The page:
Hospice on San Juan Island
Posted October 31, 2016 at 5:49 am by Tim Dustrude
By Louise Dustrude
Facing the end of life, most people would prefer to die at home surrounded by their loved ones rather than in a hospital hooked up to modern-day machinery.
Hospice exists to help people make that choice.
The official Medicare-affiliated Hospice of the Northwest, in Mt. Vernon, can provide pain medication. It offers doctors and nurses, pastoral counseling if desired, and various therapies.
Medicare requires hospices to provide a volunteer component, but it’s obviously impractical for volunteers to come here from the mainland — perhaps for a one-hour visit — and so we have a second group here, Hospice of San Juan, comprised totally of volunteers.
There are currently 41 volunteers, not all available at all times of the year. The volunteers have the choice to accept a particular “case” or not for any reason.
They can provide caregiver respite, help with chores, education, various therapies, grief support, and a service called music and memory for patients with dementia. Some will walk dogs; others will bring their dogs to brighten the patient’s day. They may drive patients around the island or to medical appointments.
The two groups collaborate in many ways to help their clients; and both have durable medical equipment to lend.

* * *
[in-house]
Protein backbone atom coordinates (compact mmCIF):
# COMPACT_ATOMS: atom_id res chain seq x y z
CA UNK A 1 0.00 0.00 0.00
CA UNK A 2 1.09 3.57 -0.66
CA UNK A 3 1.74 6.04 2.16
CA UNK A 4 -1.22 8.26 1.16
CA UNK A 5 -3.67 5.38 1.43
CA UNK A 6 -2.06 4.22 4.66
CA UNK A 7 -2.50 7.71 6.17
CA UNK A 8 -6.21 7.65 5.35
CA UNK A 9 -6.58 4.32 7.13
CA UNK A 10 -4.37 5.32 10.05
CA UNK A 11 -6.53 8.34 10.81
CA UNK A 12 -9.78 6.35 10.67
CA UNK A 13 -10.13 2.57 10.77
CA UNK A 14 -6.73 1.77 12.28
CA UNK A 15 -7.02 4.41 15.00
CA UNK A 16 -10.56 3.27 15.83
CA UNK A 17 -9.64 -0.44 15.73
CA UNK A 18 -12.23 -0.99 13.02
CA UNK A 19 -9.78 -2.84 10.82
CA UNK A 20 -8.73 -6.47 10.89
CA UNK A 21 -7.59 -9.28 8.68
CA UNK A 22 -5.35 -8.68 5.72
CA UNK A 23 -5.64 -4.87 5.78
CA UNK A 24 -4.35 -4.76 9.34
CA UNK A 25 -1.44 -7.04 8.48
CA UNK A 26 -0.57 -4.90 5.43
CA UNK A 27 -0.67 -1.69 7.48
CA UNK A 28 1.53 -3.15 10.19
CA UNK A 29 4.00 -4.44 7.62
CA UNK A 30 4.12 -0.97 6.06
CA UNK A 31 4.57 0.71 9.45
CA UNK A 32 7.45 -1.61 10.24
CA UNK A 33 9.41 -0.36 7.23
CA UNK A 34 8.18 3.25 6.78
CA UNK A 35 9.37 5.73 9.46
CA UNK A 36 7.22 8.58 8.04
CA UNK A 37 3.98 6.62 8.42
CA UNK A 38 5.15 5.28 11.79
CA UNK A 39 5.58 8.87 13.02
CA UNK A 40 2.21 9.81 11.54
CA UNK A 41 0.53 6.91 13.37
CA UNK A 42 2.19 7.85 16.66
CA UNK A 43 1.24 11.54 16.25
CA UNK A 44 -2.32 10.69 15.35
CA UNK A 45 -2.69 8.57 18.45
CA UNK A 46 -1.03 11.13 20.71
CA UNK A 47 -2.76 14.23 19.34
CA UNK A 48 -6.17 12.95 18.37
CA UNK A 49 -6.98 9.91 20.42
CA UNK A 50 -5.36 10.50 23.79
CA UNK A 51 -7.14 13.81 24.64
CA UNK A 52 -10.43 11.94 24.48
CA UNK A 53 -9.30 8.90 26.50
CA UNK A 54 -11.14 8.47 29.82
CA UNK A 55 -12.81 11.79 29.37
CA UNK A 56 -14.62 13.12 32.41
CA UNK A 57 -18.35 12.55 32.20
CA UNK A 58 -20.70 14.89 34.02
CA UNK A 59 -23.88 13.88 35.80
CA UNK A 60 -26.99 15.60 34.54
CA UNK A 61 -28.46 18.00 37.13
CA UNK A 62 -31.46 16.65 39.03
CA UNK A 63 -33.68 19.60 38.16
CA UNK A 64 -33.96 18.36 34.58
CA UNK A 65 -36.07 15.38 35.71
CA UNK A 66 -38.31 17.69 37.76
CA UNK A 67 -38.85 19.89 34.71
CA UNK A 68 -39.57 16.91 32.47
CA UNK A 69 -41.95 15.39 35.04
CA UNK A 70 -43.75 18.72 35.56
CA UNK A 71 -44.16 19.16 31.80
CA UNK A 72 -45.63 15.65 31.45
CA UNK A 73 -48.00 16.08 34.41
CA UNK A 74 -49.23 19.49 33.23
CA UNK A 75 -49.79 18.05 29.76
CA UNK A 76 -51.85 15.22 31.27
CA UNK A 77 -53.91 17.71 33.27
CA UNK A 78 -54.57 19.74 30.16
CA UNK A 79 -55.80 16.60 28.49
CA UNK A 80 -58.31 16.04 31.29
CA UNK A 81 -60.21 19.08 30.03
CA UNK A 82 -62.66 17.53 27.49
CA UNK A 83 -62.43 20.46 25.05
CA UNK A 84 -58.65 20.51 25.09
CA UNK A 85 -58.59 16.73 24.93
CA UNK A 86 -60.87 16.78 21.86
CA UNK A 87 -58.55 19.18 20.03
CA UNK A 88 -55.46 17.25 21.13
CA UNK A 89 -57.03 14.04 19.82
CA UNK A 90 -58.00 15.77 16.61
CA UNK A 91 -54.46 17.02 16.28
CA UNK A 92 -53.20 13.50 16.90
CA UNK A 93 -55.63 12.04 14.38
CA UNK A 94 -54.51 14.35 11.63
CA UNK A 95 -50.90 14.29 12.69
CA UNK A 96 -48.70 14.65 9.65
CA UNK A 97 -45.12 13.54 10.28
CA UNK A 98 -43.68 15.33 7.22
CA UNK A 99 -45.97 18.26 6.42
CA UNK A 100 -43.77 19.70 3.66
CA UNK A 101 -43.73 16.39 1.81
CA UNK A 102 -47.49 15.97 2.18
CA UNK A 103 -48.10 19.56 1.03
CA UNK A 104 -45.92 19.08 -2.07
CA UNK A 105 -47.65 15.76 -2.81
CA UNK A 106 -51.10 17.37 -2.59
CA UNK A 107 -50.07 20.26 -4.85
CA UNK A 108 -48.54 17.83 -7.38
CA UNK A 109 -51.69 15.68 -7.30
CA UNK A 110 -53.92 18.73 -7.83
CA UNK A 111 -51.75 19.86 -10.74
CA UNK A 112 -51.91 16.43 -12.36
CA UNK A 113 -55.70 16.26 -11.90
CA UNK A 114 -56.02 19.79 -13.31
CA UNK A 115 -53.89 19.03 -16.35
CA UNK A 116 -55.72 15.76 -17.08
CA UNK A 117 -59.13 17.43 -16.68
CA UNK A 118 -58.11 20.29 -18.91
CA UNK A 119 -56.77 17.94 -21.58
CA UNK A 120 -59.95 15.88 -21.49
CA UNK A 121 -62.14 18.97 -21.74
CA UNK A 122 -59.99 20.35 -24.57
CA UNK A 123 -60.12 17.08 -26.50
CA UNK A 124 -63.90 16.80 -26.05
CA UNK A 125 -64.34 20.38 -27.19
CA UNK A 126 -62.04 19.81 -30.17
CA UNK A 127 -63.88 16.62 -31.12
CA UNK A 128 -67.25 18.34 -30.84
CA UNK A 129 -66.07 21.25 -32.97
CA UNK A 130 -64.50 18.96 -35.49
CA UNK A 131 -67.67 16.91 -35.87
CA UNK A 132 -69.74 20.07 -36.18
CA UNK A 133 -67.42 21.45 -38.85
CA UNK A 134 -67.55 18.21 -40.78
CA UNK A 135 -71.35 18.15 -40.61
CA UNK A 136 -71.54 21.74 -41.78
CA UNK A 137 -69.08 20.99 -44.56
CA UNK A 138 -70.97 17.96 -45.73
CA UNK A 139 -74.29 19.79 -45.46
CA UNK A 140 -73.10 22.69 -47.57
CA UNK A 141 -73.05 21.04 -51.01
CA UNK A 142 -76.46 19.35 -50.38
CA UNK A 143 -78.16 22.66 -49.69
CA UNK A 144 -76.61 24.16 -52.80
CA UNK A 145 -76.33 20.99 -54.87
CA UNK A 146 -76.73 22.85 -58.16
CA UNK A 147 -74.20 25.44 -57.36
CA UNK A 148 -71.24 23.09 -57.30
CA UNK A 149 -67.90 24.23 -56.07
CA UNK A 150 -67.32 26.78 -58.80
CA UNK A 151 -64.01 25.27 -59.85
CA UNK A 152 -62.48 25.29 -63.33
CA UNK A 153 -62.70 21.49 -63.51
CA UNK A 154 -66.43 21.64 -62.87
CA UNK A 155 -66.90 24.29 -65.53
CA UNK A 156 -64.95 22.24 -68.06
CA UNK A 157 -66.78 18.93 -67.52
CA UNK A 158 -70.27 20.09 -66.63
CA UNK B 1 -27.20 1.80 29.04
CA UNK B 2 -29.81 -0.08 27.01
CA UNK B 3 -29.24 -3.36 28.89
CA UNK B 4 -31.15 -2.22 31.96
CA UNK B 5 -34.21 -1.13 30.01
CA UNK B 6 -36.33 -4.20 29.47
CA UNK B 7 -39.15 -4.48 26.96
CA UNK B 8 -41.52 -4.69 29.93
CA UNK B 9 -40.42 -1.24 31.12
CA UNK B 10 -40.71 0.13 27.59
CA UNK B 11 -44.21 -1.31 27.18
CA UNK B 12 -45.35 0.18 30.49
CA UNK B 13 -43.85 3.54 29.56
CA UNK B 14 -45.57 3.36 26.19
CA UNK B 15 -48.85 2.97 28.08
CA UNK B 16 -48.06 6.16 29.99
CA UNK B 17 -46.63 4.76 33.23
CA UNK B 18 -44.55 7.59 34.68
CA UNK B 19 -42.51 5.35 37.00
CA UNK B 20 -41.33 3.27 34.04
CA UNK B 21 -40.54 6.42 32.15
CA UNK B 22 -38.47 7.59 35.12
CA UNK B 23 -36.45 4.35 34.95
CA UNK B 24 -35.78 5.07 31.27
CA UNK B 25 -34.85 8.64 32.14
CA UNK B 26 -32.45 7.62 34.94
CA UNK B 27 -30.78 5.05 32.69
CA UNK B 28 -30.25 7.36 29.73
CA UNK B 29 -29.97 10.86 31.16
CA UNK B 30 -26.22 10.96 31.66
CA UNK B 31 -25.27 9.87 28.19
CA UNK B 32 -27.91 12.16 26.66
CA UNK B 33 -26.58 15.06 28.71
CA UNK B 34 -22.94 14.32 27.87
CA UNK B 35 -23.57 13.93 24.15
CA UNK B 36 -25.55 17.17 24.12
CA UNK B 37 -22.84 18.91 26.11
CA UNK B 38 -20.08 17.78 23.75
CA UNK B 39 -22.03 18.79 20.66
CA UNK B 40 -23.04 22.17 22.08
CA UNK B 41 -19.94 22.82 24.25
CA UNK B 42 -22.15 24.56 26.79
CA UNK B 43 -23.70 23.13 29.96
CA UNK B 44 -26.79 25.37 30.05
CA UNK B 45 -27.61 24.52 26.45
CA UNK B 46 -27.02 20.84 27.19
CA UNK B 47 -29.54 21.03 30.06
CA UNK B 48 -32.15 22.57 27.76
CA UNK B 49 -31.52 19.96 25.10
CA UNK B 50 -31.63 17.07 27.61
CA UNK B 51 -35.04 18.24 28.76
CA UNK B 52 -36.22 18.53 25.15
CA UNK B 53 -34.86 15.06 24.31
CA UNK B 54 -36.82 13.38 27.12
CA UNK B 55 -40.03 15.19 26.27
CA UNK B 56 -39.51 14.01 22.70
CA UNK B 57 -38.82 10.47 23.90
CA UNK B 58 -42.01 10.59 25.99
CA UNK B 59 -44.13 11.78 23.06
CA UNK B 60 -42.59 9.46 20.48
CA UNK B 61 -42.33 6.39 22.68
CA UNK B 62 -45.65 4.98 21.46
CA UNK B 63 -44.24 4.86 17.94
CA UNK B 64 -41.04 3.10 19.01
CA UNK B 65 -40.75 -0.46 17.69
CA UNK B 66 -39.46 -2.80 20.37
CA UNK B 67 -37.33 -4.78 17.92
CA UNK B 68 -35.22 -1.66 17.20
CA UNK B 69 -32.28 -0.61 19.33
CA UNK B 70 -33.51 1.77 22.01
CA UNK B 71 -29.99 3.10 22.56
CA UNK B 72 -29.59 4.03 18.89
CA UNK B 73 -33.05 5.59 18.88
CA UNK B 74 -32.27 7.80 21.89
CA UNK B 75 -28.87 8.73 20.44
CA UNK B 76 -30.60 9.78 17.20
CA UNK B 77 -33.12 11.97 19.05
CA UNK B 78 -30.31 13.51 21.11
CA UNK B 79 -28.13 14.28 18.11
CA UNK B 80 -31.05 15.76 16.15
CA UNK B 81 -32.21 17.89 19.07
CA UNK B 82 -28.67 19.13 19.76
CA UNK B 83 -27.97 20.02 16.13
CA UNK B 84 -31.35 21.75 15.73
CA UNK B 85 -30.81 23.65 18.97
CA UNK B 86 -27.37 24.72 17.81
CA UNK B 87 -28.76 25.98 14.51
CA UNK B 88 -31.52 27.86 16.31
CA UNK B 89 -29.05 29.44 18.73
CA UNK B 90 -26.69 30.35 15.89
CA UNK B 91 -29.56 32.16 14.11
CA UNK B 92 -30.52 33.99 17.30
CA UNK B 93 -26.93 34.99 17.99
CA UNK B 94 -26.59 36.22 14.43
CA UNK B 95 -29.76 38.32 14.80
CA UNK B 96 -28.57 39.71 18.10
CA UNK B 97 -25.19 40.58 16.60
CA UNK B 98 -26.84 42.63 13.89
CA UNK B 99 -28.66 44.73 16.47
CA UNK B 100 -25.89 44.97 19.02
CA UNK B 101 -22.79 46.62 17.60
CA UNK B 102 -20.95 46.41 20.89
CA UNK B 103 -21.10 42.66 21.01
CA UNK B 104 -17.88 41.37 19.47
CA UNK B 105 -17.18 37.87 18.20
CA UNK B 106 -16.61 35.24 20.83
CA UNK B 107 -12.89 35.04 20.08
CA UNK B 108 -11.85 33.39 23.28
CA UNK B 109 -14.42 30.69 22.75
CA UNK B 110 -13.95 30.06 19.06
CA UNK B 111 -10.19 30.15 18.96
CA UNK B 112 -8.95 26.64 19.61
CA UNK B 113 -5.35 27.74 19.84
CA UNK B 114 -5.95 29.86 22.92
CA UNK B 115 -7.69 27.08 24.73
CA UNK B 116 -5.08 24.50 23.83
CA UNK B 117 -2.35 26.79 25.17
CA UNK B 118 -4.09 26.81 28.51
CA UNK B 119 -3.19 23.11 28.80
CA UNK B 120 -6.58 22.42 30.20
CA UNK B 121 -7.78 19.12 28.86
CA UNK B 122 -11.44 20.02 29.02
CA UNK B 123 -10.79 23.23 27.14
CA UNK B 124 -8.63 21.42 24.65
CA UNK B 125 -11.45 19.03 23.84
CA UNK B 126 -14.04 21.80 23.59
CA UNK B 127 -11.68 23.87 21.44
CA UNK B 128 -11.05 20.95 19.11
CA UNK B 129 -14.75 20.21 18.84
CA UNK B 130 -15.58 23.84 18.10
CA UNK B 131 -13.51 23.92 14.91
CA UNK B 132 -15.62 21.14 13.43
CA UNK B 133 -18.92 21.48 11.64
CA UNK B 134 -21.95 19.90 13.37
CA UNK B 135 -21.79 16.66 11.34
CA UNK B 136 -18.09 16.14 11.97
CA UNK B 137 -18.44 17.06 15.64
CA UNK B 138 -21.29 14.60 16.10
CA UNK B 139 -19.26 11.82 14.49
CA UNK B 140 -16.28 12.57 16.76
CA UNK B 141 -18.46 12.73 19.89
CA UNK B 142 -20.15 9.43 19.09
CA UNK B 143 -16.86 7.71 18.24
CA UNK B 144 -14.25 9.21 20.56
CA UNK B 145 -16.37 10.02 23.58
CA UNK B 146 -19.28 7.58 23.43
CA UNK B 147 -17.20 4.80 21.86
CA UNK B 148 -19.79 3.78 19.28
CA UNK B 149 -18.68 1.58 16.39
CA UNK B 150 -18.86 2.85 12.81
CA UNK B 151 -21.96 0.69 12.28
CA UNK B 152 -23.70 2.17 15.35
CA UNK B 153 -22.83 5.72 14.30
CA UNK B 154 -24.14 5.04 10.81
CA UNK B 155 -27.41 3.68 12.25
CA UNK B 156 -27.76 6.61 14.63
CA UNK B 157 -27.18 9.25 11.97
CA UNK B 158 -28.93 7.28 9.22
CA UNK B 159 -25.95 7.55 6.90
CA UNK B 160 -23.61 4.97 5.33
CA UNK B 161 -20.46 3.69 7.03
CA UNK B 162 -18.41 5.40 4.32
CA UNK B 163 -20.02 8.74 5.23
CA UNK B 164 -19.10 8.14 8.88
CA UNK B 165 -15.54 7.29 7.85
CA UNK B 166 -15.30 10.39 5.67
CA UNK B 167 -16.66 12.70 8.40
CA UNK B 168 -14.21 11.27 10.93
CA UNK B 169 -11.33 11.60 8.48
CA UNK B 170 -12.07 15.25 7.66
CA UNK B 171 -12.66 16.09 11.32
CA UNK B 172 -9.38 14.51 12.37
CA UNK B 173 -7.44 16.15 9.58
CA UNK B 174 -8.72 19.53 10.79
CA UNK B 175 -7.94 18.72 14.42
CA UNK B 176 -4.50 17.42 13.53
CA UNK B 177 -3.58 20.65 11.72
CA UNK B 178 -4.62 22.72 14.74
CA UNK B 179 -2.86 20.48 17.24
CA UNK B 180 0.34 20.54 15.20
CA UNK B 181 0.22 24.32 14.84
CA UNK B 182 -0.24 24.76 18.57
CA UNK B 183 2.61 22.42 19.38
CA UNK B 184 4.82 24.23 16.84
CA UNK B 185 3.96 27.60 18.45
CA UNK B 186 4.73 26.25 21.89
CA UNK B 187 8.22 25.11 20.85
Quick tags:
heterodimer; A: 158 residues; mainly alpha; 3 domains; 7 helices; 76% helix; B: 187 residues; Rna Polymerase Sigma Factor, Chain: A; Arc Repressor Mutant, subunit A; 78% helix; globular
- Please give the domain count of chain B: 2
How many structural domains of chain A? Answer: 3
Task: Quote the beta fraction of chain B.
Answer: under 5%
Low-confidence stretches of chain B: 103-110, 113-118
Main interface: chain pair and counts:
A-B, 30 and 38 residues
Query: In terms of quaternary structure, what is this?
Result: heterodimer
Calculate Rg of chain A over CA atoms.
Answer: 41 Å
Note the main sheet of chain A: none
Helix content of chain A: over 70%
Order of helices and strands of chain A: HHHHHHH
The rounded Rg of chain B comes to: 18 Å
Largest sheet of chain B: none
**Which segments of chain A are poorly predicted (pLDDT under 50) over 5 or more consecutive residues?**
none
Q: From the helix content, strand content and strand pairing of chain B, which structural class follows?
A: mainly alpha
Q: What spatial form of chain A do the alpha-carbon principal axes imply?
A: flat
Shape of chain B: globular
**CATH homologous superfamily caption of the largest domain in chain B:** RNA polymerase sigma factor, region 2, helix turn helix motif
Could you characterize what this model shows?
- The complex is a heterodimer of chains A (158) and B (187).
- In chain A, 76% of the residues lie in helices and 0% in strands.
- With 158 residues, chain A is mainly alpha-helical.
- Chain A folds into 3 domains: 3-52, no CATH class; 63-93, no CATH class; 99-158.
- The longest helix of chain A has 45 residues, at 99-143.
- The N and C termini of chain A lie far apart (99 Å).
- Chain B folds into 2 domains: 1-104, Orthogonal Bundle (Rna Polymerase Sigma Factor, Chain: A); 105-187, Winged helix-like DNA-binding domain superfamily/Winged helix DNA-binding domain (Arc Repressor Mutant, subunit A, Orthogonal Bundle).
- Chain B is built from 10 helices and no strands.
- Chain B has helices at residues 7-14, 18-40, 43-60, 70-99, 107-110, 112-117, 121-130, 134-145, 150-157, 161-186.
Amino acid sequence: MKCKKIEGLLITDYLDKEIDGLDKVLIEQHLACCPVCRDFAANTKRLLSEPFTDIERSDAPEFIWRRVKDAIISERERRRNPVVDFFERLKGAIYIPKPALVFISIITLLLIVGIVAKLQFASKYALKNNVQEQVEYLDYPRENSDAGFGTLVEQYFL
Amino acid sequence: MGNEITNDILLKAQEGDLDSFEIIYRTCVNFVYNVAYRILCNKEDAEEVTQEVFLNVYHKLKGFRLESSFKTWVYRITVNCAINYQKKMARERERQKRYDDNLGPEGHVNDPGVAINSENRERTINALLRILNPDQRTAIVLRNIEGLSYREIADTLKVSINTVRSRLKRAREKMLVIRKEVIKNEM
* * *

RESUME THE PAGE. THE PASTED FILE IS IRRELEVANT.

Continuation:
THE WORD “HOSPICE” comes from the same root as “hospitality,” not “hospital,” according to Mariluz Villa, M.D., who heads up the local volunteer group.
Unfortunately, some patients can’t stay at home for one reason or another, and our local PeaceHealth Peace Island Hospital has a pleasant room set aside for hospice patients, but because of a bureaucratic glitch it can’t be used for that purpose.
A dying person on San Juan Island who needs to be hospitalized has to go to a mainland hospital, away from friends and family.
Villa has been trying to make it possible to use that room. She would even support changing our official Medicare hospice provider from Hospice of the Northwest, based in Mount Vernon, to Whatcom Hospice in Bellingham because it already has a “certificate of need” connected with St. Joseph’s Hospital, thus eliminating the bureaucratic problem.
In every other respect Villa is happy with the Mount Vernon group, and would be happy to stay affiliated with them if the hospital’s hospice room problem could be overcome.
THE BEST TIME to access Hospice is as soon as a person has been diagnosed. It offers “a great quality of life for people going through something that otherwise is challenging,” according to Villa.
It offers an opportunity for people to consider their values and assess what life goals they can still pursue. And it offers support to their families and care-givers at a very stressful time.
» Editor’s Note: Some residents of San Juan Island may have become more aware of the benefits of hospice recently when the woman who became a Facebook phenomenon under the title Driving Miss Norma came here as she neared the end of her life and entered the hospice program while living in her family’s motor home.
She had given herself a year of adventures by opting for a road trip instead of chemotherapy.
You can support the San Juan Update by doing business with our loyal advertisers, and by making a one-time contribution or a recurring donation.